What makes a photographer good?
This really is the question at the core of the art of photography. If you want to become a better photographer, you should know how to get there.
In today’s Age of Technology, people just go out and buy a digital camera and start taking pictures. There are very few that begin by taking pictures then figuring out what kind of camera they need to purchase to meet their needs. This is actually the process when you go to photography school… learn how to take pictures, figure out what kind of photography suits you best, buy equipment.
The thing that many of us get involved in is trying to get the best equipment before we know what to do with it. Not only that, but we also want to get really good at Photoshop, because we know that is what the pros use. So, the process many of us perceive to be the correct one to become a better photographer… buy a great camera with awesome lenses, get the latest and greatest version of Photoshop, study photo editing, stay current with the newest releases of equipment and software.
What’s wrong with this picture (pun intended)?
The study of image resolution, sensor size vs pixel count, ISO, and how to use mask layers in Photoshop are NOT going to help you to become a better photographer. These pieces of knowledge will help you get smarter, but they will also keep you in the quest for bigger and better rather than improving your photo skills.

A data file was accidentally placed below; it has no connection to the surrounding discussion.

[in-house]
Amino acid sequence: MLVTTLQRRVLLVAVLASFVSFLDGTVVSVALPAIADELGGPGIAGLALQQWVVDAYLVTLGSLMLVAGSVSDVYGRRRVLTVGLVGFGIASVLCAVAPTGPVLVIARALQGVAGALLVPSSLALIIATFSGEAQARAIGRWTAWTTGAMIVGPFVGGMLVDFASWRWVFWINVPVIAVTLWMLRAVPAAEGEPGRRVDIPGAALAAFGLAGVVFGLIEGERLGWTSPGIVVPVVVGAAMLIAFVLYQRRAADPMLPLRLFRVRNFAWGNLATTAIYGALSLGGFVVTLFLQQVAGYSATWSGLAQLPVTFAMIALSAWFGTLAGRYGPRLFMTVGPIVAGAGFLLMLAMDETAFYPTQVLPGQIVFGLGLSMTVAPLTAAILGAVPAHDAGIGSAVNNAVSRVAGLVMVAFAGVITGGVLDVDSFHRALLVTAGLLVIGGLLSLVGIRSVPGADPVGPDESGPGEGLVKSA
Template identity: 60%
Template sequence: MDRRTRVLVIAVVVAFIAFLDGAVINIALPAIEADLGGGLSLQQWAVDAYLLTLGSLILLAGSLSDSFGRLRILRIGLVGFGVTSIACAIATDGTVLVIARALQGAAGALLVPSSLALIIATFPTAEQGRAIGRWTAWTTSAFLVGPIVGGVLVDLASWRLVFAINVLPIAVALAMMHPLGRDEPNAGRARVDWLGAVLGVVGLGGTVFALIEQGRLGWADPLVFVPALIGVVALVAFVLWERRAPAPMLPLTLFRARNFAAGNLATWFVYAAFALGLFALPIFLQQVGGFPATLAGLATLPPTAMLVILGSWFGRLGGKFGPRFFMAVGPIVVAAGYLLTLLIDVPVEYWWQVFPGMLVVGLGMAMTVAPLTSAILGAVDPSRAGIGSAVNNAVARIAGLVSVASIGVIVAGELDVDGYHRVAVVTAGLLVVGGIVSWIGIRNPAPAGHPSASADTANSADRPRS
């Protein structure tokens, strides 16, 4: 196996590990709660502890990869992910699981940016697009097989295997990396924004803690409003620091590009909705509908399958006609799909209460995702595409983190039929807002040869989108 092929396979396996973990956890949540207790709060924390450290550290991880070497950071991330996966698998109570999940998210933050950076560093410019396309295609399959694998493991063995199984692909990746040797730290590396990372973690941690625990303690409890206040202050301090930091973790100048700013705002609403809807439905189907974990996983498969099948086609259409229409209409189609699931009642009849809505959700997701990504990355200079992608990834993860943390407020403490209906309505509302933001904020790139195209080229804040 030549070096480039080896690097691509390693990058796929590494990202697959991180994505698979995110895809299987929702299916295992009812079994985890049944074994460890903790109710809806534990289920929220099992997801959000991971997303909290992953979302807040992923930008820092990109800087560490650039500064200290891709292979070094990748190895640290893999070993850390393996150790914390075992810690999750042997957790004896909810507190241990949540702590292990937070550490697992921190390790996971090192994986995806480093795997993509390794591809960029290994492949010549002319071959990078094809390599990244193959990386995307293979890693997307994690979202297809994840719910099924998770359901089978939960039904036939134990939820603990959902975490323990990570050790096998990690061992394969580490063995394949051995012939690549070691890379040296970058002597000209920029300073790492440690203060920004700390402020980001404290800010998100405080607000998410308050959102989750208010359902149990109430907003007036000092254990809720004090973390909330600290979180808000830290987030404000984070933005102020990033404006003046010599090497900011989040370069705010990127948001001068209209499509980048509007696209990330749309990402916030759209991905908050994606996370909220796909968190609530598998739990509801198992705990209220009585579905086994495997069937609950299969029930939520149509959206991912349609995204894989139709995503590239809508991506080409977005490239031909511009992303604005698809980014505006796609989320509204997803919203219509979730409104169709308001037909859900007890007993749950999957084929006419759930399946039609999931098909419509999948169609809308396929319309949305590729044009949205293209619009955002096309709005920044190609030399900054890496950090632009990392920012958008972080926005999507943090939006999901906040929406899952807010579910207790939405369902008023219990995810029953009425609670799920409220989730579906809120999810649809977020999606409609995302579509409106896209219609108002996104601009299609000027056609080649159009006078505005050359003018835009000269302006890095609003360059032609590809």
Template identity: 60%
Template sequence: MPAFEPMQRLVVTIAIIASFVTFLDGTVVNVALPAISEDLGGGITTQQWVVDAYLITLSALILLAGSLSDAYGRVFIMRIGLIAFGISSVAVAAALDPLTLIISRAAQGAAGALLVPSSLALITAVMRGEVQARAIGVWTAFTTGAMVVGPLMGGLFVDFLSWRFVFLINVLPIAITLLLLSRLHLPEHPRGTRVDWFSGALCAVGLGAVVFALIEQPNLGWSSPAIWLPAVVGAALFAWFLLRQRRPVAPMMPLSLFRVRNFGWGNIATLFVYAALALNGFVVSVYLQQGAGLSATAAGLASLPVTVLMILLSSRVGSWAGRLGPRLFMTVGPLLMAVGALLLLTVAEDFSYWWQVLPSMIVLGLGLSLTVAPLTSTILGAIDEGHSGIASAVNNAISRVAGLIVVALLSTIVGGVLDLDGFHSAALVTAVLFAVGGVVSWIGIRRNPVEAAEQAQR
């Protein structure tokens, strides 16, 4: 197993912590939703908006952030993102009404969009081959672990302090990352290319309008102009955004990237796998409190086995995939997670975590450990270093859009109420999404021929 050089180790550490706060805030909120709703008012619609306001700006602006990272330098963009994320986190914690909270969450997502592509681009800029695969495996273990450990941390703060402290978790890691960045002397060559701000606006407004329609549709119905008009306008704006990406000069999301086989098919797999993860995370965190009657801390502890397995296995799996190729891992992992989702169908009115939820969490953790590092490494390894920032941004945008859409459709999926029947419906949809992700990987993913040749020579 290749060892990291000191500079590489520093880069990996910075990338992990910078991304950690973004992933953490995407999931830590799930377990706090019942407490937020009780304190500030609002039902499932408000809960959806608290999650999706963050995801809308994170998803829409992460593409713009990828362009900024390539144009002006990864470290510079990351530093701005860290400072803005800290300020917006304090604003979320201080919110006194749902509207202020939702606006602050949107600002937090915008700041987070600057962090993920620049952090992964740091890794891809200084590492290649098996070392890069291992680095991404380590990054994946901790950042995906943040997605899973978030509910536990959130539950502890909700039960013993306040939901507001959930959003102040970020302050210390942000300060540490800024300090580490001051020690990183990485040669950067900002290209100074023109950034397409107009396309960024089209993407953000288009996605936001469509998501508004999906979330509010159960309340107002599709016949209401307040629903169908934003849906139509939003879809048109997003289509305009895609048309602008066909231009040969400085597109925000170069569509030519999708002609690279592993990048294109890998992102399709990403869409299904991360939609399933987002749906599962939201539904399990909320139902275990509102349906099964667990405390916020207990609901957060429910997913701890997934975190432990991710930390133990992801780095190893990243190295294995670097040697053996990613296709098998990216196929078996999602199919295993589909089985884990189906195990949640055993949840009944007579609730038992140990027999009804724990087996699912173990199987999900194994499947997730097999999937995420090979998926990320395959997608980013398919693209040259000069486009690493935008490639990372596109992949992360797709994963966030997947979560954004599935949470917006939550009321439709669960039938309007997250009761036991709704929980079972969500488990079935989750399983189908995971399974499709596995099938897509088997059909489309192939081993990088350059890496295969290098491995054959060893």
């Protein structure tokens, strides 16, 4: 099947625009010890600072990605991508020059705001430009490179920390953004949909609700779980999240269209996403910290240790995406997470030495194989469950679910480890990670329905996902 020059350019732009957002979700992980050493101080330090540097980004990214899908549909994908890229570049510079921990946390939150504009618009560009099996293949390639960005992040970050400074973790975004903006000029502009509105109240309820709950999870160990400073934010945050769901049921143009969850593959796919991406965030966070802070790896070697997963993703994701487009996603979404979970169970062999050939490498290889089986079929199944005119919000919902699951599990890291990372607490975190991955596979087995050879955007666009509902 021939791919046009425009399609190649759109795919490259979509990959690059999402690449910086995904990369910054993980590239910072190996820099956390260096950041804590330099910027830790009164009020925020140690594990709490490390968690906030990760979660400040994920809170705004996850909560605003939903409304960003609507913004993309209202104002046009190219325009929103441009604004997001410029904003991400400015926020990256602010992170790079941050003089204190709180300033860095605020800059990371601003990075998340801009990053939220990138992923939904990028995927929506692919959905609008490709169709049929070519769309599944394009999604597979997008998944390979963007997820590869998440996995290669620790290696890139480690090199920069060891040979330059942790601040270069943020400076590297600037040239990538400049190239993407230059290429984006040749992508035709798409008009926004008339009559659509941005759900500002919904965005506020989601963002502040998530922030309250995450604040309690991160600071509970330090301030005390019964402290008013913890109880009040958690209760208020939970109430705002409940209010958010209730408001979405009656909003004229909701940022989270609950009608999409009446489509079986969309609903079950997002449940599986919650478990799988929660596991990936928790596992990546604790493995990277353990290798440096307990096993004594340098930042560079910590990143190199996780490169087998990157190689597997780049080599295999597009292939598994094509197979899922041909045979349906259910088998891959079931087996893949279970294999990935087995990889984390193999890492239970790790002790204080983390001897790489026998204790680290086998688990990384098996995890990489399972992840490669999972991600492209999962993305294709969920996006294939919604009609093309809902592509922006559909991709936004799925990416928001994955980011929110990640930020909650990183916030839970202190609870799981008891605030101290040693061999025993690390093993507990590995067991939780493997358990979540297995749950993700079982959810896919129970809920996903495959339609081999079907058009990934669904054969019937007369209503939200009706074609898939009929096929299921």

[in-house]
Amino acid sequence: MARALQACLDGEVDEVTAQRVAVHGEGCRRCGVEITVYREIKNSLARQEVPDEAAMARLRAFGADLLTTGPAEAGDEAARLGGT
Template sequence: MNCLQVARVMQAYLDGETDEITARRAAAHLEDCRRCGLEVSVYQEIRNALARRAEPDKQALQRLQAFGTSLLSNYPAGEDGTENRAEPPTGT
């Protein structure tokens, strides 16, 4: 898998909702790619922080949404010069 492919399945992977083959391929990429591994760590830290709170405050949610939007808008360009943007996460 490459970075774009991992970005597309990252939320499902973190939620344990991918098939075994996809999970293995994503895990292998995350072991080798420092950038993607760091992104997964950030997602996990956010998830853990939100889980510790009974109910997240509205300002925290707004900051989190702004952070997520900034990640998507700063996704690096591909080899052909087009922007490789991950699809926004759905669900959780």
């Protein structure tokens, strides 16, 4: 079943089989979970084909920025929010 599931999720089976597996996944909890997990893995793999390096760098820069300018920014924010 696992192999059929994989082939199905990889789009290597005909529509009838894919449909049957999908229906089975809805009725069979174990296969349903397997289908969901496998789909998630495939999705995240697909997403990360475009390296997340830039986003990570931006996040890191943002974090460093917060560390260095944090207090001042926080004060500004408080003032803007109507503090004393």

Man VS Woman
While this is not a research-backed, scientific study, in general, man wants to conquer the equipment but woman wants to take a good picture. Men, admit it. You know it’s true.
Who will become a better photographer first? The woman, of course, because she is focused on the quality of the photo rather than the quality of the equipment used to take the photo. She will look at the results of several different shots of the same scene and analyze which one is best, then use the same technique in a similar setting. This is how you get better at the craft.
A good photographer can use the simplest of equipment to get good photos. Even a cell phone can be a great camera in the hands of someone who knows that composition is the key to a better photo.
Now that you know how to get started, there is one caveat. A digital SLR will give you better photos of movement and action than a point and shoot camera. But you don’t need the same camera and equipment that a National Geographic photographer uses. Get an inexpensive DSLR and focus on the elements of photography rather than the features and settings of your camera.
The Auto mode button is your friend.
Set your camera on Auto and start shooting. After you shoot, look at your pictures. Examine them for composition and content. Look for ways to add interest. Get input from friends about which pictures spark interest and figure out why. Study the craft of photography rather than the equipment.
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